For decades, the study of economics has gotten a bad rap. Dubbed “the dismal science” for its devotion to numbers above all else, economics requires its disciples to have a strong grasp on complex mathematics and a commitment to rationalism even where rational behavior doesn’t exist. In the past, most American college graduates eschewed the emotionless field of economics for seemingly more passionate studies, like literature or biology.
However, research shows that more and more university students are turning their attention toward the dismal science; the number of graduates holding degrees in economics has risen nearly 40 percent in just five years. Economists themselves are baffled as to why such multitudes of students are turning to this age-old field, but they have offered a few reasons as to swing in attitude.
Believe it or not, right now, economics is pretty cool. While in the past, economists did little to thin the density of the subject, today’s breed toils day and night to make regular people understand the importance of the science. Their struggles have paid off, and economics is now experiencing a unique period of popularity in culture.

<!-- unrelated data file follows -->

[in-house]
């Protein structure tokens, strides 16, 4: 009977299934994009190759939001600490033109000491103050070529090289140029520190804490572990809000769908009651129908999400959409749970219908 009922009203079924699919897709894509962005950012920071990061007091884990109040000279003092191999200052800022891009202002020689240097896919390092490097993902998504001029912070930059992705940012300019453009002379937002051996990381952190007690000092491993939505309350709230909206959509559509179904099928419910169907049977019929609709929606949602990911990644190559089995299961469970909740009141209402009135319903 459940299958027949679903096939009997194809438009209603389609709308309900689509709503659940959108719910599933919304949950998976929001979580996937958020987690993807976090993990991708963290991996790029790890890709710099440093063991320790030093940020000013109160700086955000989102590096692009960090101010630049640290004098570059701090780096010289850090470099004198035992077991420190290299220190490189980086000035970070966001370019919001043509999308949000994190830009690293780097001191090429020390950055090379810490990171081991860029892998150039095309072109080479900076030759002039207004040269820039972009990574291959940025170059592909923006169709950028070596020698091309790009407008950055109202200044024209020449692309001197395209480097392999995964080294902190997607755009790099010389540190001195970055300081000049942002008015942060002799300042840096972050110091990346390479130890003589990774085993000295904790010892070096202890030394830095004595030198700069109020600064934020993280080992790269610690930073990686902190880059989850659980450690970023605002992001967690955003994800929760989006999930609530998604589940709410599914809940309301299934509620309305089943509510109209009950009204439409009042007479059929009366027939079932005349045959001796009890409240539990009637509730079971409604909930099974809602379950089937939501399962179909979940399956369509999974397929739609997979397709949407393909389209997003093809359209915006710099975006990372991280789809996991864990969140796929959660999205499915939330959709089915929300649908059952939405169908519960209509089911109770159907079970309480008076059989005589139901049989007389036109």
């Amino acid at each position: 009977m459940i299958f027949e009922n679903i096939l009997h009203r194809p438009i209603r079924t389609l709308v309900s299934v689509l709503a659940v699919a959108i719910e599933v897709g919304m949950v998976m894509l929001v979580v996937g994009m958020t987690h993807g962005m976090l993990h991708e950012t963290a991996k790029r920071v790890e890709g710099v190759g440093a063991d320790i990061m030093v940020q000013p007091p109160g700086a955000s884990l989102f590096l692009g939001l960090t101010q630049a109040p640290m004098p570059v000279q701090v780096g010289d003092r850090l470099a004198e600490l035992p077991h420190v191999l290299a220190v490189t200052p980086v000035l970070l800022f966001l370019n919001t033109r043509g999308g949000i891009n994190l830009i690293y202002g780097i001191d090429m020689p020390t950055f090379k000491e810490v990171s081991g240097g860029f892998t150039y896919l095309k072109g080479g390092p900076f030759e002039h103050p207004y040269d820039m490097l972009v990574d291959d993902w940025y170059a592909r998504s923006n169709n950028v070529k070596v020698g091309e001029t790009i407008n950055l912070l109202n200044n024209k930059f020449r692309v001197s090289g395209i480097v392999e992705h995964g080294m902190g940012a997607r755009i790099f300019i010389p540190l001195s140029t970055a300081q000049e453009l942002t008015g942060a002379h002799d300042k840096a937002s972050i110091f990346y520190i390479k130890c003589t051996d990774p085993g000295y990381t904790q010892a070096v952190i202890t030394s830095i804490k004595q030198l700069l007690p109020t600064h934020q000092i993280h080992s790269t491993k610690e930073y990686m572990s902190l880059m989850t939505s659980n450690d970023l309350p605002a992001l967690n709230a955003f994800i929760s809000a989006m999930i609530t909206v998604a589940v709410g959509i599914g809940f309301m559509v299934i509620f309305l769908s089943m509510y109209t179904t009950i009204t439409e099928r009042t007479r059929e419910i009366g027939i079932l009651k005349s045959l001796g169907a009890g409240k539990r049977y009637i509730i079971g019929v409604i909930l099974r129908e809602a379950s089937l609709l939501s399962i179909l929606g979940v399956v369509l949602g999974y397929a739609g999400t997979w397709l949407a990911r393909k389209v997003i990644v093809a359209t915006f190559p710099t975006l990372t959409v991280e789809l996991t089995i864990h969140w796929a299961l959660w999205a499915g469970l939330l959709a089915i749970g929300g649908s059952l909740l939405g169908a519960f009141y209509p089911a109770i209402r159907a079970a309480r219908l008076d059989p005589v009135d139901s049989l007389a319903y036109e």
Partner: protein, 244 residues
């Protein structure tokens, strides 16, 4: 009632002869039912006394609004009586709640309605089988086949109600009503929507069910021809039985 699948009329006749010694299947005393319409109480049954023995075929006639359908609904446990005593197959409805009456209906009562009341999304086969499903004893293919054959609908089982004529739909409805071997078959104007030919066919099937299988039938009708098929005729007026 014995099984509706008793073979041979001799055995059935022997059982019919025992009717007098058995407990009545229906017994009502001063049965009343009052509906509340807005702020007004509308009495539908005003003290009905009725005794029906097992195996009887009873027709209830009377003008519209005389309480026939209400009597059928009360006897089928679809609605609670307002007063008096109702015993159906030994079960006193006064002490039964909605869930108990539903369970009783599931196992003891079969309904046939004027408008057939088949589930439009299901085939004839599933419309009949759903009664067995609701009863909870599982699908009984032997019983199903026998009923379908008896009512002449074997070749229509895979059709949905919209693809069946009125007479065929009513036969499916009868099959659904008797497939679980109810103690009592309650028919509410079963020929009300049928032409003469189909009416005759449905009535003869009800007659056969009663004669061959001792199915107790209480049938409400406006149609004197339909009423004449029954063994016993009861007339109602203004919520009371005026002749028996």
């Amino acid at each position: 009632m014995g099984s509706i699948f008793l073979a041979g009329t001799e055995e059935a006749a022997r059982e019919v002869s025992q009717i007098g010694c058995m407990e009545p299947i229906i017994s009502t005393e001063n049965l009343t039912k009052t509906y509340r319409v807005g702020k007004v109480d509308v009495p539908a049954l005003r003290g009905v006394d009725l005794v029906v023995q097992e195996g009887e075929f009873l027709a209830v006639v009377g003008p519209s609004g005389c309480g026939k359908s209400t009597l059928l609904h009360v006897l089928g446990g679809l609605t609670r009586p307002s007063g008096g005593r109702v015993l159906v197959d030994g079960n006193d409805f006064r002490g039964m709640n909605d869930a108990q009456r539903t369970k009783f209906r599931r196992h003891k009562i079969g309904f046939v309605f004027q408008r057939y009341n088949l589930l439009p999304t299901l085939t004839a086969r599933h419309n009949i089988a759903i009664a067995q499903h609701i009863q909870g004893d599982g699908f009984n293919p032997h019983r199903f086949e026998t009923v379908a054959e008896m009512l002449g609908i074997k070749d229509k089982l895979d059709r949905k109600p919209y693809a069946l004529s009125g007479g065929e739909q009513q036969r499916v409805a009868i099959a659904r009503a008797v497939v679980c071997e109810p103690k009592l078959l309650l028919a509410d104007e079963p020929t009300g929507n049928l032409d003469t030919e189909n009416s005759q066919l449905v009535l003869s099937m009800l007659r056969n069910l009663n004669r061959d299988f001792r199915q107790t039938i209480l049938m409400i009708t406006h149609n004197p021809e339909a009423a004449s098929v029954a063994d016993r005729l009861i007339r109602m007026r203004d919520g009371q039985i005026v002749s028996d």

Freakonomics, the book turned documentary turned podcast, is the most obvious example of this. Hosts Steven Levitt and Stephen Dubner, a duo of an economist and a writer respectively, tackle everyday questions — Why should you get married? Why are some baby names popular? Why doesn’t everyone get vaccinated? — from an economist’s point of view. By reviewing numerical data published by authoritative sources, Levitt and Dubner are able to reveal the economics behind every decision humans make, which makes economics fascinating and relevant to everyone. Freakonomics and other media like it are creating a new brand of the science, called pop economics, which makes the subject more accessible and enjoyable. Read the rest of this entry »